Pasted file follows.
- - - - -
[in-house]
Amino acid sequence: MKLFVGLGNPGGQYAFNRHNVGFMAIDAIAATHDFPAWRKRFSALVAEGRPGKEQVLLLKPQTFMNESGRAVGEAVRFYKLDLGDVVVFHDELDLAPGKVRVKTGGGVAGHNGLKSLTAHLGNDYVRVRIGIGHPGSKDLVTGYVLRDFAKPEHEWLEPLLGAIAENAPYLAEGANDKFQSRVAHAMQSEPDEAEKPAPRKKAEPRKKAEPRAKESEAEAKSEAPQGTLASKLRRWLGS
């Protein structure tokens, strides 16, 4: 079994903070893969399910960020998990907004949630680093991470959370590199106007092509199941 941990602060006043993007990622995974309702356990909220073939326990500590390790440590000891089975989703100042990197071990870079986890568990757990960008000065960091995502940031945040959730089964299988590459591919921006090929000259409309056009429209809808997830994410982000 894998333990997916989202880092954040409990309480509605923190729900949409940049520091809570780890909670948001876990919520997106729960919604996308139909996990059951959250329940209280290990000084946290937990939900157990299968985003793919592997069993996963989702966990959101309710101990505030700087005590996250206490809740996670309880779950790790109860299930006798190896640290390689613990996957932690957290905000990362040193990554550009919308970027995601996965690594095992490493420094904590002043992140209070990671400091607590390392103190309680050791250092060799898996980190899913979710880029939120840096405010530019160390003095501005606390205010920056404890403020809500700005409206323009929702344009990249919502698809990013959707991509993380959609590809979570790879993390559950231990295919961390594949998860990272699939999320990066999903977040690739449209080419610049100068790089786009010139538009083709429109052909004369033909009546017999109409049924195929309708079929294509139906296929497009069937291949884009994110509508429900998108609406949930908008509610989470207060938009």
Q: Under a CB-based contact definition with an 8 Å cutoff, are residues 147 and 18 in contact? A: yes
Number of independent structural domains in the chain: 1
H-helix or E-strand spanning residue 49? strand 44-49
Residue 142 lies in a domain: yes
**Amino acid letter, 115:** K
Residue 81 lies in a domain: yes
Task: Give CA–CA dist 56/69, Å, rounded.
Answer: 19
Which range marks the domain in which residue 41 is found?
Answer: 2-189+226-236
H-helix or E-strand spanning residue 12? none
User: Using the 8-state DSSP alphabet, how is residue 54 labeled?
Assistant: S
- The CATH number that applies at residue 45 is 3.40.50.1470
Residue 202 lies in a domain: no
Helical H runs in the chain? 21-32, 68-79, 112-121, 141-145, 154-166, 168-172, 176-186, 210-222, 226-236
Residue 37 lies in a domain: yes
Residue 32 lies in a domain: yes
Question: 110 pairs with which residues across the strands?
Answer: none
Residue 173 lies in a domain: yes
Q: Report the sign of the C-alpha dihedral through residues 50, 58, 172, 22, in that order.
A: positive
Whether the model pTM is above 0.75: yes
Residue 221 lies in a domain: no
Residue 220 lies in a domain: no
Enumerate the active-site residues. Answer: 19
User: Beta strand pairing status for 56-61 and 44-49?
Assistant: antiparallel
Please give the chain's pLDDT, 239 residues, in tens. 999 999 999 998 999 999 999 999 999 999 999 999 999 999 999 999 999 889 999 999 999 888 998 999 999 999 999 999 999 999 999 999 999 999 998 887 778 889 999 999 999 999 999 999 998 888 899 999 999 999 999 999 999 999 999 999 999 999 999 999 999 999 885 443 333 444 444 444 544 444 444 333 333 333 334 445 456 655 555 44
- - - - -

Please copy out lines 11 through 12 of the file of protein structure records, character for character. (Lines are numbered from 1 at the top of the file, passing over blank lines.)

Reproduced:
Answer: 19
Which range marks the domain in which residue 41 is found?